Picking up my trailer was a very surreal moment for me. I think when I saw the trailer for the first time it finally hit me that I was committing to this project. It was a weird mix of emotions… excitement mixed with a touch of oh s%!$ I have to build a whole house! Even though I have been inside a Tumbleweed Fencl before, when I saw the trailer it seemed small. The interesting thing is now that I am building on it, it’s size seems to get bigger feeling. Even though it seemed small for a house, it was huge on the road! I had to go down this little side road to get home; at one point I looked in my side mirrors and my right tire was on the pavement’s edge and the left side was a foot into the other lane!
So now the nitty gritty details for those who want them.
The trailer is a 18′ utility trailer, its a 8,000 GWVR made by Kaufman trailers. Between the fenders it is 82.5 inches which is really important for to make sure your house is as wide as possible. Basically if you have you maximum trailer width, minus the tires, clearance from the axle/wheel wells you get about 82″. The decking is treated lumber and I opted to get a heavier duty trailer so I could just leave all the decking on instead of fooling with removing some of it like many houses do. This also means that I have a (almost) solid chunk of wood underneath my insulation which adds to the R value of my house. According to a web search this will add about R-3 to my already R-13, add the almost inch of flooring and then a 1/2 finished flooring we are looking a total of R 18.8 for the floor.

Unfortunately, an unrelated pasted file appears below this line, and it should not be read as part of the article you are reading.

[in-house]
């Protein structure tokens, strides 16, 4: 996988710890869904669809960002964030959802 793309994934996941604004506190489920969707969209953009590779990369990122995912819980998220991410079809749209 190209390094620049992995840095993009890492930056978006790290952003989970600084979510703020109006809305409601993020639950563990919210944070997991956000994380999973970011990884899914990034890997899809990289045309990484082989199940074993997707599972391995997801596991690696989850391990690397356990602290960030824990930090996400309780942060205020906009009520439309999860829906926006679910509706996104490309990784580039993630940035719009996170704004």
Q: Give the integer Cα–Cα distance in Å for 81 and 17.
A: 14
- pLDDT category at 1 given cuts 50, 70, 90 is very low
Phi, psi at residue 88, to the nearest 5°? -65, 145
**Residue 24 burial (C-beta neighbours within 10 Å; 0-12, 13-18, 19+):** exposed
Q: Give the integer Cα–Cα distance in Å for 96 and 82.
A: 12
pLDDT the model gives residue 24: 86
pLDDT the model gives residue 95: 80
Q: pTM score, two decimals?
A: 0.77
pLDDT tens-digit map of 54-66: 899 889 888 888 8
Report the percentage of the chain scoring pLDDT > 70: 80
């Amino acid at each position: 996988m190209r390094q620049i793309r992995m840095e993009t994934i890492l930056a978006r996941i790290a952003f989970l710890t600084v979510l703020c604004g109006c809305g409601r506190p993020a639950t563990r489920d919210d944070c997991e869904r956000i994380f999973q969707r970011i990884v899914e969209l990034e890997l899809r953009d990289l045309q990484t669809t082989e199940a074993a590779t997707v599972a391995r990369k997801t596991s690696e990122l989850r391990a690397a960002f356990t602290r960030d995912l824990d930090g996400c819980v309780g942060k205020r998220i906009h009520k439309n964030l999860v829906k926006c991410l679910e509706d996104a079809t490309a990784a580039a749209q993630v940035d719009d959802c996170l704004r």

I took my trailer to a welder to add the tie downs and remove a bunch of parts. I had him cut off the rear light arms that you can see in the above photo, also the spare tire bracket and one part of the front “I” beam to make it flush with the front of the trailer. The tie downs are 4 bolts in the front, 6 threaded rods on the sides and two plates on the back. Check out the video below for more.
Here (below) is the front “I” beam that the top right arm of the “I” was cut off, you can see them cutting it off in the above photo.
In the above photo notice that I made the tie downs go in line with the cross members of the trailer. I will have to tweak the wall framing to accommodate, but it is much strong at this point.
Since the house extends about 6″ off the back of the trailer I needed more tie down spots and support. Above and below are photos of the rear tie down plates. I left them without holes because I wanted to be sure to place the hole exactly where I needed it to tie into the framing once it is built. Because of this I made the plates out of 6″ C channel and then had gussets welded onto them. These plates ended up being slightly too long, but I will just sheath this section of the house twice: the first layer will extend the surface beyond the plate’s edge and the second will hand down to attach the siding and hide the trailer from sight.